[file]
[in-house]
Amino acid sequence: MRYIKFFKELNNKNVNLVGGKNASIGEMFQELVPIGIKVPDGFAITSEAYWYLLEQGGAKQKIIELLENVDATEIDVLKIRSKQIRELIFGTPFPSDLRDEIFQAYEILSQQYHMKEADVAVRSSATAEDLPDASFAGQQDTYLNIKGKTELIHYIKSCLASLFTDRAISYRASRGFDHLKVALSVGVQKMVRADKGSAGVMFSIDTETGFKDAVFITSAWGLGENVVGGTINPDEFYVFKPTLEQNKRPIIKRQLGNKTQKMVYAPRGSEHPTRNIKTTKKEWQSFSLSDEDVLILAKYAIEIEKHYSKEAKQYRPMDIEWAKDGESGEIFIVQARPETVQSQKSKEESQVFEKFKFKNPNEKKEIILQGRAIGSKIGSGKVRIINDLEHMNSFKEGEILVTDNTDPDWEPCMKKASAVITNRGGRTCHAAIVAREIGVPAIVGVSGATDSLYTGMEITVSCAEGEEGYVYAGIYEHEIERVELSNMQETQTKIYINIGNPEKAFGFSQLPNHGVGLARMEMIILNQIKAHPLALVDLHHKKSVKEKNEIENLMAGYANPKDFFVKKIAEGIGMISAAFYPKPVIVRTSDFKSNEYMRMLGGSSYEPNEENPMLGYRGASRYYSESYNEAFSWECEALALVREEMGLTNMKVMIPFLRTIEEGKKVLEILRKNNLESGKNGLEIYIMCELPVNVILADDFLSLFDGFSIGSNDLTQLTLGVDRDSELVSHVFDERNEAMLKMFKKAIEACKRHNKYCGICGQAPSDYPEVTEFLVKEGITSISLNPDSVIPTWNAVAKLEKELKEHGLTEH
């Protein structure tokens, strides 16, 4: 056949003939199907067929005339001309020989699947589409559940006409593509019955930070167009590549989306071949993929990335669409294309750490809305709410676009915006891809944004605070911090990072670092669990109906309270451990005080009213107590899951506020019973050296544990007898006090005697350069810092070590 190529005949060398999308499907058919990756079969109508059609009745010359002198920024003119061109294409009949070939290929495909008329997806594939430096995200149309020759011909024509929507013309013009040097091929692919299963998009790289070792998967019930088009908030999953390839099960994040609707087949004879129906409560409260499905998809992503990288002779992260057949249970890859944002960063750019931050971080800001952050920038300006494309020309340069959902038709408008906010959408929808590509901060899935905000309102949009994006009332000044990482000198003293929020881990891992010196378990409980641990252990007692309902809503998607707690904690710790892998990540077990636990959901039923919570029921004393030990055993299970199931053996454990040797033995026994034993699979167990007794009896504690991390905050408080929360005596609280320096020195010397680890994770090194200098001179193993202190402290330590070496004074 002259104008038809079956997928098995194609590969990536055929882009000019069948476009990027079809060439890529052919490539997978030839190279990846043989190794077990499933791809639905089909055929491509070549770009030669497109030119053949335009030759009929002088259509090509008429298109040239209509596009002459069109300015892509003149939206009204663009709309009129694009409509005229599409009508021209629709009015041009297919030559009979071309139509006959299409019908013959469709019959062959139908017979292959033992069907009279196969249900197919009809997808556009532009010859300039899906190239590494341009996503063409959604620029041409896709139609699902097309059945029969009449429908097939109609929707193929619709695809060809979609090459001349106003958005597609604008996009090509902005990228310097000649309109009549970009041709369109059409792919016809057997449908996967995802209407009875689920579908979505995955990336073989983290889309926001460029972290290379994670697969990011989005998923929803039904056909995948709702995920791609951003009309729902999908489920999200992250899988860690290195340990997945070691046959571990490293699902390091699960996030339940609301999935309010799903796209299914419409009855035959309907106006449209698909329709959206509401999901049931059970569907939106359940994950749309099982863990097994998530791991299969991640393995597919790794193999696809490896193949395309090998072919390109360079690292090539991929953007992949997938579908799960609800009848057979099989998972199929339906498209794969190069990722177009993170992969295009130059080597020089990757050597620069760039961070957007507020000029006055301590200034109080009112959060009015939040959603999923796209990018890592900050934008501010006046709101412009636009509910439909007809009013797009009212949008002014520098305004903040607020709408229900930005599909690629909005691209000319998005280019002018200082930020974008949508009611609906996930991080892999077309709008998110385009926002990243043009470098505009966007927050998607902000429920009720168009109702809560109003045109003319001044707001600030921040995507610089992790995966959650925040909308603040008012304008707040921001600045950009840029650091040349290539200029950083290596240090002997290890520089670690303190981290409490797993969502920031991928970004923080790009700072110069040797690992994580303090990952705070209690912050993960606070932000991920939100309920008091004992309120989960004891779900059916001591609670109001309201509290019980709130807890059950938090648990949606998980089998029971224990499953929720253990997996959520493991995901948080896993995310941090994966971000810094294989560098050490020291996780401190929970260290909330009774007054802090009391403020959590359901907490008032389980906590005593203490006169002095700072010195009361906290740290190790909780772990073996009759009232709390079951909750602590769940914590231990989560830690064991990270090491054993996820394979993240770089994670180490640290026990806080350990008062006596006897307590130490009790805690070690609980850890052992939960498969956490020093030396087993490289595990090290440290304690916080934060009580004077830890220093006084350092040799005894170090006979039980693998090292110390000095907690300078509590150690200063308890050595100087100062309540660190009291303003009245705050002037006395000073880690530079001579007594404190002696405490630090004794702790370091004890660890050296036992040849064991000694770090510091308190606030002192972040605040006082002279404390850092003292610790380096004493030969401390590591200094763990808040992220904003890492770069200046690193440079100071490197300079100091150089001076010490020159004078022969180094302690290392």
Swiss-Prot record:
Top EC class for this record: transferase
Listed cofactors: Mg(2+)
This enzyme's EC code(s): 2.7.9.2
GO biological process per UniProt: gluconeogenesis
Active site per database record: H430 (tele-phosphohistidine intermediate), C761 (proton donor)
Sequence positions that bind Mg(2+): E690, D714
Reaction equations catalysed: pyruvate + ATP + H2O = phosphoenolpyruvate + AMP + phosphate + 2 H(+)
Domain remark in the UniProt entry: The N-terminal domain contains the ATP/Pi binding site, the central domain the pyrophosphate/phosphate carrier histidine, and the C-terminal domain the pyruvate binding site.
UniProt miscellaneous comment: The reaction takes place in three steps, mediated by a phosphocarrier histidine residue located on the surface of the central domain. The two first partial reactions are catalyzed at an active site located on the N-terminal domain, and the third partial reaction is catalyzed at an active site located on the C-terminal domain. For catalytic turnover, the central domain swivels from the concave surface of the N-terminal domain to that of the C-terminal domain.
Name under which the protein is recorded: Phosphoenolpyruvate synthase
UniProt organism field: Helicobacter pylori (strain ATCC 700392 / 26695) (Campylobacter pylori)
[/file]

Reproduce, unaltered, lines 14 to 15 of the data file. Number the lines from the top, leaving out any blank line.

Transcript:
Name under which the protein is recorded: Phosphoenolpyruvate synthase
UniProt organism field: Helicobacter pylori (strain ATCC 700392 / 26695) (Campylobacter pylori)